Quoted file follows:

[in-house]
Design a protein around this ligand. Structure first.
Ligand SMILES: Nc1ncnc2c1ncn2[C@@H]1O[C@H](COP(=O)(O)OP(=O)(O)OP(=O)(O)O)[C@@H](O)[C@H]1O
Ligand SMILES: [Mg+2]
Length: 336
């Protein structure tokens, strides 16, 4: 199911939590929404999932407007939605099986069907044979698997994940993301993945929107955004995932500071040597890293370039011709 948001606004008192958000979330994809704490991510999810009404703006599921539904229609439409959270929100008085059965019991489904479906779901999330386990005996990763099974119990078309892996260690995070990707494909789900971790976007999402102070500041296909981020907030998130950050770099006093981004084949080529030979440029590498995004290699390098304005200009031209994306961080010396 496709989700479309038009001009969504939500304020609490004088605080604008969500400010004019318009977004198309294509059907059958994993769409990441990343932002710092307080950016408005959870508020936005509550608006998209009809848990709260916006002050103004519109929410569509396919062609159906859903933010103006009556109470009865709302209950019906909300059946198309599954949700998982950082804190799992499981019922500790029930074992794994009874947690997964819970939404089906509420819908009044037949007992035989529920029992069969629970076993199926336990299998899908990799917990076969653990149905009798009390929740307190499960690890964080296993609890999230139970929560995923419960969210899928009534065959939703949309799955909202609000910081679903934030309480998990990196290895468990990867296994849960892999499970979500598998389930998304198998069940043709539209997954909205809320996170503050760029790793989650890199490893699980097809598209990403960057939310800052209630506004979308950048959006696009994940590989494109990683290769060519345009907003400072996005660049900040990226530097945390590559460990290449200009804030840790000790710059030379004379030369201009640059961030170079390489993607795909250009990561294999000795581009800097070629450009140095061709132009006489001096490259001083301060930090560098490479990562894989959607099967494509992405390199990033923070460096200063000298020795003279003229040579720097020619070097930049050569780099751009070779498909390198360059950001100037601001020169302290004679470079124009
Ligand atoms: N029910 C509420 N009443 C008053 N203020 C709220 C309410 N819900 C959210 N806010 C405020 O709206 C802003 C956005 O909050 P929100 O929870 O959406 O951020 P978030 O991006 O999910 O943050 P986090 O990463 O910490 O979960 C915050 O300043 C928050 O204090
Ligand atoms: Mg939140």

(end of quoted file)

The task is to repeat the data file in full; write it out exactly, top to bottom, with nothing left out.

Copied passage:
[in-house]
Design a protein around this ligand. Structure first.
Ligand SMILES: Nc1ncnc2c1ncn2[C@@H]1O[C@H](COP(=O)(O)OP(=O)(O)OP(=O)(O)O)[C@@H](O)[C@H]1O
Ligand SMILES: [Mg+2]
Length: 336
């Protein structure tokens, strides 16, 4: 199911939590929404999932407007939605099986069907044979698997994940993301993945929107955004995932500071040597890293370039011709 948001606004008192958000979330994809704490991510999810009404703006599921539904229609439409959270929100008085059965019991489904479906779901999330386990005996990763099974119990078309892996260690995070990707494909789900971790976007999402102070500041296909981020907030998130950050770099006093981004084949080529030979440029590498995004290699390098304005200009031209994306961080010396 496709989700479309038009001009969504939500304020609490004088605080604008969500400010004019318009977004198309294509059907059958994993769409990441990343932002710092307080950016408005959870508020936005509550608006998209009809848990709260916006002050103004519109929410569509396919062609159906859903933010103006009556109470009865709302209950019906909300059946198309599954949700998982950082804190799992499981019922500790029930074992794994009874947690997964819970939404089906509420819908009044037949007992035989529920029992069969629970076993199926336990299998899908990799917990076969653990149905009798009390929740307190499960690890964080296993609890999230139970929560995923419960969210899928009534065959939703949309799955909202609000910081679903934030309480998990990196290895468990990867296994849960892999499970979500598998389930998304198998069940043709539209997954909205809320996170503050760029790793989650890199490893699980097809598209990403960057939310800052209630506004979308950048959006696009994940590989494109990683290769060519345009907003400072996005660049900040990226530097945390590559460990290449200009804030840790000790710059030379004379030369201009640059961030170079390489993607795909250009990561294999000795581009800097070629450009140095061709132009006489001096490259001083301060930090560098490479990562894989959607099967494509992405390199990033923070460096200063000298020795003279003229040579720097020619070097930049050569780099751009070779498909390198360059950001100037601001020169302290004679470079124009
Ligand atoms: N029910 C509420 N009443 C008053 N203020 C709220 C309410 N819900 C959210 N806010 C405020 O709206 C802003 C956005 O909050 P929100 O929870 O959406 O951020 P978030 O991006 O999910 O943050 P986090 O990463 O910490 O979960 C915050 O300043 C928050 O204090
Ligand atoms: Mg939140």